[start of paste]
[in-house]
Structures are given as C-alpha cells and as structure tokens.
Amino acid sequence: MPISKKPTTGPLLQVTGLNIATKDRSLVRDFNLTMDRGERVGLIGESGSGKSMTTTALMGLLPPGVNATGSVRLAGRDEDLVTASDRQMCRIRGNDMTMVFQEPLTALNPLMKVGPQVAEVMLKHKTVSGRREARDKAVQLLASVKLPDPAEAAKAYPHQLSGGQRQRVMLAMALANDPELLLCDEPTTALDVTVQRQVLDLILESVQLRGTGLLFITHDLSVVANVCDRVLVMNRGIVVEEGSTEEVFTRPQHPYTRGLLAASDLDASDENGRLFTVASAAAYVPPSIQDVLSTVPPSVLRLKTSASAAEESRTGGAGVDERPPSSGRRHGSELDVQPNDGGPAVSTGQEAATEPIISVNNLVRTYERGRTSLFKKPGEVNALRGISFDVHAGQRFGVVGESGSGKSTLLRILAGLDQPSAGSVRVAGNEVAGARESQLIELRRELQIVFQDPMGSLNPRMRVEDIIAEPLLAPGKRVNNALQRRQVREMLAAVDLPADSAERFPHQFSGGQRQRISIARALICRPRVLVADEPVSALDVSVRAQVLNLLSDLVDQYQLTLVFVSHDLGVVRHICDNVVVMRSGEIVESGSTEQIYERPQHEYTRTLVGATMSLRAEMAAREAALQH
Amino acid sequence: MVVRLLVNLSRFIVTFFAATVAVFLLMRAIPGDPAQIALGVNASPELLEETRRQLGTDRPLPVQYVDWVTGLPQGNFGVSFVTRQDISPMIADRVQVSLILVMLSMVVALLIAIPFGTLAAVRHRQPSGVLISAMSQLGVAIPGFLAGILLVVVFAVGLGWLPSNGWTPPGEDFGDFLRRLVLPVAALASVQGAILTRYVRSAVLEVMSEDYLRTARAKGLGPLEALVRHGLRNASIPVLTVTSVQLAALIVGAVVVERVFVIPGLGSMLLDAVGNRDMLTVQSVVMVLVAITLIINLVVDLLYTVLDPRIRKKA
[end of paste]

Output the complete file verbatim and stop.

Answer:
[in-house]
Structures are given as C-alpha cells and as structure tokens.
Amino acid sequence: MPISKKPTTGPLLQVTGLNIATKDRSLVRDFNLTMDRGERVGLIGESGSGKSMTTTALMGLLPPGVNATGSVRLAGRDEDLVTASDRQMCRIRGNDMTMVFQEPLTALNPLMKVGPQVAEVMLKHKTVSGRREARDKAVQLLASVKLPDPAEAAKAYPHQLSGGQRQRVMLAMALANDPELLLCDEPTTALDVTVQRQVLDLILESVQLRGTGLLFITHDLSVVANVCDRVLVMNRGIVVEEGSTEEVFTRPQHPYTRGLLAASDLDASDENGRLFTVASAAAYVPPSIQDVLSTVPPSVLRLKTSASAAEESRTGGAGVDERPPSSGRRHGSELDVQPNDGGPAVSTGQEAATEPIISVNNLVRTYERGRTSLFKKPGEVNALRGISFDVHAGQRFGVVGESGSGKSTLLRILAGLDQPSAGSVRVAGNEVAGARESQLIELRRELQIVFQDPMGSLNPRMRVEDIIAEPLLAPGKRVNNALQRRQVREMLAAVDLPADSAERFPHQFSGGQRQRISIARALICRPRVLVADEPVSALDVSVRAQVLNLLSDLVDQYQLTLVFVSHDLGVVRHICDNVVVMRSGEIVESGSTEQIYERPQHEYTRTLVGATMSLRAEMAAREAALQH
Amino acid sequence: MVVRLLVNLSRFIVTFFAATVAVFLLMRAIPGDPAQIALGVNASPELLEETRRQLGTDRPLPVQYVDWVTGLPQGNFGVSFVTRQDISPMIADRVQVSLILVMLSMVVALLIAIPFGTLAAVRHRQPSGVLISAMSQLGVAIPGFLAGILLVVVFAVGLGWLPSNGWTPPGEDFGDFLRRLVLPVAALASVQGAILTRYVRSAVLEVMSEDYLRTARAKGLGPLEALVRHGLRNASIPVLTVTSVQLAALIVGAVVVERVFVIPGLGSMLLDAVGNRDMLTVQSVVMVLVAITLIINLVVDLLYTVLDPRIRKKA